MakerMinded is an online STEM competition that encourages students to think with and engage science, technology, engineering and math skills in a way that connects them to advanced manufacturing jobs that will need filled in years to come.
The online program helps to close the gap between jobs that will be available in advanced manufacturing and the thought process and skills students will need to fill those jobs after graduation.
When students complete educational activities online they can register, document and showcase those completed lessons and projects on social media. Schools receive points for completed projects and after May 11, 2018 the winning school in the state is announced.
Juliann Trevorrow, Project Lead the Way teacher at Alliance Middle School is leading the school in submissions to the Maker Minded program.
Trevorrow presented the program to Stark County instructional leadership and said she received great feedback.
“It was very well-received. The majority of the administrators present wanted to see it implemented in their own buildings and used in their schools,” she said.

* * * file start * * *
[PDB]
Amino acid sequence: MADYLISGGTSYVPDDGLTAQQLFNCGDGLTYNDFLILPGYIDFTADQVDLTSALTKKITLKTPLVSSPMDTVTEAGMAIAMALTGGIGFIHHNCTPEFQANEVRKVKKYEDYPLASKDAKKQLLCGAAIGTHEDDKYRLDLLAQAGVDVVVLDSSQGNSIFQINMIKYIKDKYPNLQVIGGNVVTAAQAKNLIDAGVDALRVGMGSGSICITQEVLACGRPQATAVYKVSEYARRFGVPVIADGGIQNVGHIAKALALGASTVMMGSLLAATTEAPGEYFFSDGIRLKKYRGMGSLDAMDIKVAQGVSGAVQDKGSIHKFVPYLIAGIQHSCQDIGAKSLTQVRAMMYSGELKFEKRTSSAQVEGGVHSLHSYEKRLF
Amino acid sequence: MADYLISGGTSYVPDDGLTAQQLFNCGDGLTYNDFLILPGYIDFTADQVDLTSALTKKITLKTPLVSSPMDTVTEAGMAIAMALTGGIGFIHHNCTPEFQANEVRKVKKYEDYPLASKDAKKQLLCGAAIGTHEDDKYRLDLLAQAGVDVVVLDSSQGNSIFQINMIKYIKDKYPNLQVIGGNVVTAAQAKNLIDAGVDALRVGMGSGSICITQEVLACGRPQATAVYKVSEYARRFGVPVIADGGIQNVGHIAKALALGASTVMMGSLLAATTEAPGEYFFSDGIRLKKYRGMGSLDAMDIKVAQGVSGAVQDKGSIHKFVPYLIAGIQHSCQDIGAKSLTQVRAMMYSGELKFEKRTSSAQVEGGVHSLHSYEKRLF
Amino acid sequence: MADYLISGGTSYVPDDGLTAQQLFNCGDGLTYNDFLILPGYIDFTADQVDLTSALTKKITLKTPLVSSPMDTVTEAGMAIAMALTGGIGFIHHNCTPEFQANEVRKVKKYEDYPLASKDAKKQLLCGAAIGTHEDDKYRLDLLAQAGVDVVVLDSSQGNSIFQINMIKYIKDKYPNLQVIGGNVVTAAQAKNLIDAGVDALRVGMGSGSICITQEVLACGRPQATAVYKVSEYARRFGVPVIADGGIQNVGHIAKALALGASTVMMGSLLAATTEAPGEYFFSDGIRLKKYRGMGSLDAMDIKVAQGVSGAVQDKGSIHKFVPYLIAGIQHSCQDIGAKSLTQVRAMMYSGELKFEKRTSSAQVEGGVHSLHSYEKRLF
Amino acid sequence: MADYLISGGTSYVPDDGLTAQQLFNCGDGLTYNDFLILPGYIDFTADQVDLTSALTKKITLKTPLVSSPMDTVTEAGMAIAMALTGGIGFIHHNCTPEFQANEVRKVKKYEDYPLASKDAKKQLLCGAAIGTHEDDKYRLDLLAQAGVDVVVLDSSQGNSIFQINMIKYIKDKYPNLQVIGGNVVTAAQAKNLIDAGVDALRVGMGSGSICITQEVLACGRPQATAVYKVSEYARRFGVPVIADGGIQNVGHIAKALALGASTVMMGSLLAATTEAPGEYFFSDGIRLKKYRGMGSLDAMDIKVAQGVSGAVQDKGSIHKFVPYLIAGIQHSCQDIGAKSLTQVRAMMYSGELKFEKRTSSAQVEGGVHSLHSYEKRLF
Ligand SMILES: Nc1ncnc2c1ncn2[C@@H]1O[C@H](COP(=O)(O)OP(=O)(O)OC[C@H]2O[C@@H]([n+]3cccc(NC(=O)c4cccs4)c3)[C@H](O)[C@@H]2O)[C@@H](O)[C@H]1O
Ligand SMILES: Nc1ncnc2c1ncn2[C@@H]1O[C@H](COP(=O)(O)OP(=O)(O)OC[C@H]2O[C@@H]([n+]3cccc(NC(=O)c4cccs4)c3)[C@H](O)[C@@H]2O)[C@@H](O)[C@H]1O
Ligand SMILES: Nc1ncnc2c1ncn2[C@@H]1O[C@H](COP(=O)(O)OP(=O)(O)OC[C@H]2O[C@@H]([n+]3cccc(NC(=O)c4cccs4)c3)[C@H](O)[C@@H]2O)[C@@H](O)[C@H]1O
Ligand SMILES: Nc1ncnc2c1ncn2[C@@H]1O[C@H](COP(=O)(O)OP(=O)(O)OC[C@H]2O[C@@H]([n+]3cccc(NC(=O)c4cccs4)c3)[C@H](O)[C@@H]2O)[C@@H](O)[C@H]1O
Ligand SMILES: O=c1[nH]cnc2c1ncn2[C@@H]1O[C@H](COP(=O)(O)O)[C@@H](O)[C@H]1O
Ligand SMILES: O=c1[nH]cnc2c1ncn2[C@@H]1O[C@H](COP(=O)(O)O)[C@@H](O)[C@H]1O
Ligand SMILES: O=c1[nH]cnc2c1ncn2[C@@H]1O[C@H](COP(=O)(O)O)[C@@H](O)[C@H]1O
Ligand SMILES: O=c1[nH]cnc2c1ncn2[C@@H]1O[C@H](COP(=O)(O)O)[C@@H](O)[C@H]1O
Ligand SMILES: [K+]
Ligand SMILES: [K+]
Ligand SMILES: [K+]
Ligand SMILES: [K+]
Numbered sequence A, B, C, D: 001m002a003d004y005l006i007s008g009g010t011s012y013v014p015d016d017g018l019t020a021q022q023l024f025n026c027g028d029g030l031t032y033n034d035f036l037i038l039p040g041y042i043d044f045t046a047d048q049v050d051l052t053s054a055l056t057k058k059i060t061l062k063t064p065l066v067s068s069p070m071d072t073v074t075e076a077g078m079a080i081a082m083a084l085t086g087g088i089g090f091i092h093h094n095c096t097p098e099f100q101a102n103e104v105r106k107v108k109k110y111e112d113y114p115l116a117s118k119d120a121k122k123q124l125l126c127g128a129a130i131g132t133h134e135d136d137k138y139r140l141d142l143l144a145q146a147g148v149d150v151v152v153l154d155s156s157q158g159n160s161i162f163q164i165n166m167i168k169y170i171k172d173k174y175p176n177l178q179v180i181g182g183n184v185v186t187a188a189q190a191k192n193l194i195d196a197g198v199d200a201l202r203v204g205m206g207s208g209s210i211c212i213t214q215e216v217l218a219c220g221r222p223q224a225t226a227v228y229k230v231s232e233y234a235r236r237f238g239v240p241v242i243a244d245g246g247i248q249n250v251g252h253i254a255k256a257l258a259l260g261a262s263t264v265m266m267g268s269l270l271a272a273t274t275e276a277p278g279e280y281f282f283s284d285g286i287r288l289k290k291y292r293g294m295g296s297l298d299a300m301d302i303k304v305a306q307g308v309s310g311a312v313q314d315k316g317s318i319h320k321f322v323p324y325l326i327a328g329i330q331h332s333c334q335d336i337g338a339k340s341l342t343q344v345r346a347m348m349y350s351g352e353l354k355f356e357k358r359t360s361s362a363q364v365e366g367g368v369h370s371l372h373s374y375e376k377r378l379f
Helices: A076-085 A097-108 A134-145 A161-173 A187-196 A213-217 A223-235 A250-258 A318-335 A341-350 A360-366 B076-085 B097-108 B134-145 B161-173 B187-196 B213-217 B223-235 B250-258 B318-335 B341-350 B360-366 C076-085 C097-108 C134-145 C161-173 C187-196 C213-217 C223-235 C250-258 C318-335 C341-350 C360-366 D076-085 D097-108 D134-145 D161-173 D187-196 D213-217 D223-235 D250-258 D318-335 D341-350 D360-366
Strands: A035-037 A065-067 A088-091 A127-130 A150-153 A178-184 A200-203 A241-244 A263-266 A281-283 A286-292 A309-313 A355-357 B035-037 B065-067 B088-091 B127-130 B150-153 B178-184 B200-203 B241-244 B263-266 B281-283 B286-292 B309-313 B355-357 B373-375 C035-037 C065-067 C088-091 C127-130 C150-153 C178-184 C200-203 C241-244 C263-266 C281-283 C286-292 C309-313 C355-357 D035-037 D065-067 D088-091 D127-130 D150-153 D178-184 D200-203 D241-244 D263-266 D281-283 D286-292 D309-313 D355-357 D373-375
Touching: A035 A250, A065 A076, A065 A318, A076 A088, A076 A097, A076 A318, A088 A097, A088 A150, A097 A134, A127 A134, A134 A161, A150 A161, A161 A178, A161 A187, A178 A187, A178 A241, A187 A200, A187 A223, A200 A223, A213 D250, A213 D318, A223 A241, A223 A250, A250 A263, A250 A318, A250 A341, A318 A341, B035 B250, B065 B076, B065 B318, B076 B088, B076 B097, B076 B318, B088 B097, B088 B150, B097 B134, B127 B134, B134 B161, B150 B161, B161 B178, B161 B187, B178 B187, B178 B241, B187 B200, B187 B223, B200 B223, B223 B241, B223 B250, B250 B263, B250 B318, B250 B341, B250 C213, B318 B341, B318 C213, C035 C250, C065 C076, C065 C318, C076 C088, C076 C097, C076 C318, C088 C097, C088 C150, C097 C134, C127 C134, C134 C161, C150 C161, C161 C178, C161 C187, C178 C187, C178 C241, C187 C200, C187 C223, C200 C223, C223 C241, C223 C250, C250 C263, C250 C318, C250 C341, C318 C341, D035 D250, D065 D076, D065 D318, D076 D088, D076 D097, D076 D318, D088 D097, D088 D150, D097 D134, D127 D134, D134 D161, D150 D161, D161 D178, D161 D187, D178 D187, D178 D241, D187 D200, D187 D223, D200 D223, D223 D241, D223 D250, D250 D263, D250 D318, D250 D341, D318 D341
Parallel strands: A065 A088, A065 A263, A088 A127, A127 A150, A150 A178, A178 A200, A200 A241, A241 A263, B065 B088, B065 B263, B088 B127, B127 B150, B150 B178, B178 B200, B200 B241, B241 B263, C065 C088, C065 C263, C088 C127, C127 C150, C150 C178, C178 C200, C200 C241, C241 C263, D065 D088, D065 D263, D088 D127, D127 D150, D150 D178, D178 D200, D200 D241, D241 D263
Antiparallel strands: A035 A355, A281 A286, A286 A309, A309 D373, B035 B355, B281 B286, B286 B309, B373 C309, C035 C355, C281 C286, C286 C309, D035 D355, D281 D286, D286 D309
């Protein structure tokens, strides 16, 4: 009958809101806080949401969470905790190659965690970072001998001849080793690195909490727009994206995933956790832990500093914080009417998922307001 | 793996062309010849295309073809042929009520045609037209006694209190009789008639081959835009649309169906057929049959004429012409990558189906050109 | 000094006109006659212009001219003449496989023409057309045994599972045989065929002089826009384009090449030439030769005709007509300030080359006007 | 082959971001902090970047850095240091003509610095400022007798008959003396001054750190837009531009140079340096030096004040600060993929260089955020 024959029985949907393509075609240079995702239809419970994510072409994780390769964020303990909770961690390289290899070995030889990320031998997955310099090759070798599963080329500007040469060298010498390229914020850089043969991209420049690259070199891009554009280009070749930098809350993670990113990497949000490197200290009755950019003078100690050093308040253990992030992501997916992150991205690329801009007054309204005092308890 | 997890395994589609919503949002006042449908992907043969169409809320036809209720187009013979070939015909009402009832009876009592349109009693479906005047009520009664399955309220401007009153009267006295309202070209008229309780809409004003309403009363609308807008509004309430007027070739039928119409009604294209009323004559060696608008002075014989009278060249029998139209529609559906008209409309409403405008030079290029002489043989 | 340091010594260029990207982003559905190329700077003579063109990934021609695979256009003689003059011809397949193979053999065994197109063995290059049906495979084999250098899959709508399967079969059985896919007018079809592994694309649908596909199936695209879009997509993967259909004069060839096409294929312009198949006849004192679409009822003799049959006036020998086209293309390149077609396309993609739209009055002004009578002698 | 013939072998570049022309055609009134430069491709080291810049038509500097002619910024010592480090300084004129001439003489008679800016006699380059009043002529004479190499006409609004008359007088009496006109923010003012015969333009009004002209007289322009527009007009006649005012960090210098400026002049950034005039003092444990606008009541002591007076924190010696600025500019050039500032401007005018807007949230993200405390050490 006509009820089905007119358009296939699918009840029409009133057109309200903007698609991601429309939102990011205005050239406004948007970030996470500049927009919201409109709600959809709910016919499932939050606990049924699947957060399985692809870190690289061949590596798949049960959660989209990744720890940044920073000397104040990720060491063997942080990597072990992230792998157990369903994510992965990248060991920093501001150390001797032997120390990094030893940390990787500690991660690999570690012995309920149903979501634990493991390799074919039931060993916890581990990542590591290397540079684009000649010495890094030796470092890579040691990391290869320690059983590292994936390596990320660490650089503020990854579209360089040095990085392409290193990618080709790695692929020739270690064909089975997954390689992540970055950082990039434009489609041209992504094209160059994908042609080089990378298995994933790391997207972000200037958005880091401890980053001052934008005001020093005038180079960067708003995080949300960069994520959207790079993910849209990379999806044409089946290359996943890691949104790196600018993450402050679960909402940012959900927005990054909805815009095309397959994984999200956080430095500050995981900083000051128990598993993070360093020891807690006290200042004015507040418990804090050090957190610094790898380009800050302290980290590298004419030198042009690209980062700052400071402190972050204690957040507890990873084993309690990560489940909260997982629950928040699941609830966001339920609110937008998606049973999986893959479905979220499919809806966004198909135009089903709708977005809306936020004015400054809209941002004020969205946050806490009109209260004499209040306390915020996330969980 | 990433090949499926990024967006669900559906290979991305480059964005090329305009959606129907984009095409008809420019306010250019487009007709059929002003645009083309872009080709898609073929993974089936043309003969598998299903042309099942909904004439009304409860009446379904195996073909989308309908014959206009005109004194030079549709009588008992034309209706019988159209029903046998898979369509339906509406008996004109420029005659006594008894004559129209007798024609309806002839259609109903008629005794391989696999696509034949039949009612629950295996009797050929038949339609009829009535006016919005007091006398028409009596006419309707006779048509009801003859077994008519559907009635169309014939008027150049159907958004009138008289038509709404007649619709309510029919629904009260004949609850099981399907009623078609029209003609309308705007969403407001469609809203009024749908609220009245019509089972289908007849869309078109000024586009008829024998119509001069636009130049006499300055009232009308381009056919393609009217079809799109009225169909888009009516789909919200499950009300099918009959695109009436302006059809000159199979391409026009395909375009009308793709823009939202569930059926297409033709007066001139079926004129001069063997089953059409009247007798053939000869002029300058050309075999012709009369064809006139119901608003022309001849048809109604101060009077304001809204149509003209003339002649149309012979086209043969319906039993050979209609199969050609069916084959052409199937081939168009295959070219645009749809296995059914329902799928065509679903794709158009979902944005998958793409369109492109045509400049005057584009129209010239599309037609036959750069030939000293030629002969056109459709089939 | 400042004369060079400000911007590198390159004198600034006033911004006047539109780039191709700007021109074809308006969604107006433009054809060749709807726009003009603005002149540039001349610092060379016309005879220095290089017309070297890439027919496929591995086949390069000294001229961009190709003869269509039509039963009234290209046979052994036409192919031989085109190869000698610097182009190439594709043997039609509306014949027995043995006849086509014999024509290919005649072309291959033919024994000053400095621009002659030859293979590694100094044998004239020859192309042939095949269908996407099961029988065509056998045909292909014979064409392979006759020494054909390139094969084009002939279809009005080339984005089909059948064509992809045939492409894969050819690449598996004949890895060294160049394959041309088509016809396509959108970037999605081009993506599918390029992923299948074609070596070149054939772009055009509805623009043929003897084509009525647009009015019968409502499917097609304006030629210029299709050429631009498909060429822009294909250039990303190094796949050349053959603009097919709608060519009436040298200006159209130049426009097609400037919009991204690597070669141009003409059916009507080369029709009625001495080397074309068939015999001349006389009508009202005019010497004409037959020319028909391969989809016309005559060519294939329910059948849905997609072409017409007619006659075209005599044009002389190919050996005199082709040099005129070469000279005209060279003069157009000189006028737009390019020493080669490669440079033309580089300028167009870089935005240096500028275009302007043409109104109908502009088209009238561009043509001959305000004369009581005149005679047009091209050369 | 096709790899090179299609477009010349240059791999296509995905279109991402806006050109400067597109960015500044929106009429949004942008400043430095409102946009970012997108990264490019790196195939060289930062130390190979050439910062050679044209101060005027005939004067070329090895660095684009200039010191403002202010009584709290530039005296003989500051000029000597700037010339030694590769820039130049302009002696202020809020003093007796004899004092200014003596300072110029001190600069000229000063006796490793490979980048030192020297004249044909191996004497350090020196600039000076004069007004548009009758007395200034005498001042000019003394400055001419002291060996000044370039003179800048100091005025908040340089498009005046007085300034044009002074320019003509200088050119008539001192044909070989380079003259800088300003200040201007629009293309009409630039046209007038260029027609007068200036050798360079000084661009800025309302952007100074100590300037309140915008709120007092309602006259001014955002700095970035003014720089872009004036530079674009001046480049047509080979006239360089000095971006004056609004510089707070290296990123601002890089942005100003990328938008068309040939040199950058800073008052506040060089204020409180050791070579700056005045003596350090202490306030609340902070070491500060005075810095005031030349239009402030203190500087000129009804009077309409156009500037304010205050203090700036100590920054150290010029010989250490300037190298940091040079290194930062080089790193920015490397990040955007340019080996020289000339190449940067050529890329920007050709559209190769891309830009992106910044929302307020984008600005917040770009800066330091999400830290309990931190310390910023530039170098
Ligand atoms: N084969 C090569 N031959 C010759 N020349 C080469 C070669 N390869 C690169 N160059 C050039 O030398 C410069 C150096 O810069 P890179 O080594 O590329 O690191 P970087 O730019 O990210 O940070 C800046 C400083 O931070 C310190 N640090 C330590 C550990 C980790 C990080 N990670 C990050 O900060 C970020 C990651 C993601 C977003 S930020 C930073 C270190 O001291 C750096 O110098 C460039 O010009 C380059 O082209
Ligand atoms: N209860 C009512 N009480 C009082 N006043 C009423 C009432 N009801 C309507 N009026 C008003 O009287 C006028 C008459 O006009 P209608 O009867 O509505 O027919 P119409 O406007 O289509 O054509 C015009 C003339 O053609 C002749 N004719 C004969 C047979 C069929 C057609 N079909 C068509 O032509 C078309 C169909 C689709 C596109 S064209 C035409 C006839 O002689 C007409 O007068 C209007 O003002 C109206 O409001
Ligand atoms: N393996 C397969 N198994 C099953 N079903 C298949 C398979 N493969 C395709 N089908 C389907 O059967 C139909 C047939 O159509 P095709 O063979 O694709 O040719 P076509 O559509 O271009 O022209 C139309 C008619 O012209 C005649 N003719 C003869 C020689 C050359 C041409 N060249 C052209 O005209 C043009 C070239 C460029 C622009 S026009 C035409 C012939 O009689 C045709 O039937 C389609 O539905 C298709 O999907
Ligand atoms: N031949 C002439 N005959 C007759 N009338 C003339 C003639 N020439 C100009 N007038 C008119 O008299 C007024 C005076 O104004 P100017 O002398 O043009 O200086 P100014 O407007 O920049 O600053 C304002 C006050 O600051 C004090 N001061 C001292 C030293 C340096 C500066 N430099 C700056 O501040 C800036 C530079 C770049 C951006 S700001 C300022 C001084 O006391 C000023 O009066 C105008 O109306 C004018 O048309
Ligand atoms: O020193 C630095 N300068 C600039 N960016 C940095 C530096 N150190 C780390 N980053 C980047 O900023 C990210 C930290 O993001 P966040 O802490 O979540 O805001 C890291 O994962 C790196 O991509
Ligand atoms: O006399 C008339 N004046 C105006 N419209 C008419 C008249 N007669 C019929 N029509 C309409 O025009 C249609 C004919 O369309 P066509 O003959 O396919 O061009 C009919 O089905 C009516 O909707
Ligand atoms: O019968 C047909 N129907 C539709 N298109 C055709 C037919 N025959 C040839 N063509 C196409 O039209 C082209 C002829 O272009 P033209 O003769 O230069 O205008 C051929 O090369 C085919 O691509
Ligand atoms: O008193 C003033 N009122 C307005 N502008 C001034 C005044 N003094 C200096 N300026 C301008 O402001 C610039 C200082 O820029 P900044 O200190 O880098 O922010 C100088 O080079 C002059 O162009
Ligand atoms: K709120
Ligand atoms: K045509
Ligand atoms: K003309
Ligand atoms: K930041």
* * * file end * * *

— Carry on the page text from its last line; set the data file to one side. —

Not only is AMS one of the first 80 schools to be a MakerMinded participant in the state, but right now AMS is in first place in the state for completed projects.
Trevorrow said she uses Maker Minded with students in the science and engineering club and also in her classroom. MakerMinded doesn’t add projects or change curriculum of the science program, but Trevorrow said it asks for more student reflection of their learning.
Middle School is an important time for students to be thinking about their future. It is estimated that over the next decade 3.5 million manufacturing jobs will be available in the U.S. and about 2 million of them will go unfilled. ACS wants to prepare students for life, college and career and preparing them for a potential advanced manufacturing job is a part of that.
MakerMinded is a way to help fill the STEM “skills gap” so that students are equipped for the many opportunities that are ahead of them.
ACS is proud of Miss Trevorrow and AMS students who are leading the state in STEM thinking!
Students worked on their test bed models so they could practice programming using Robotc, a robotics testing code.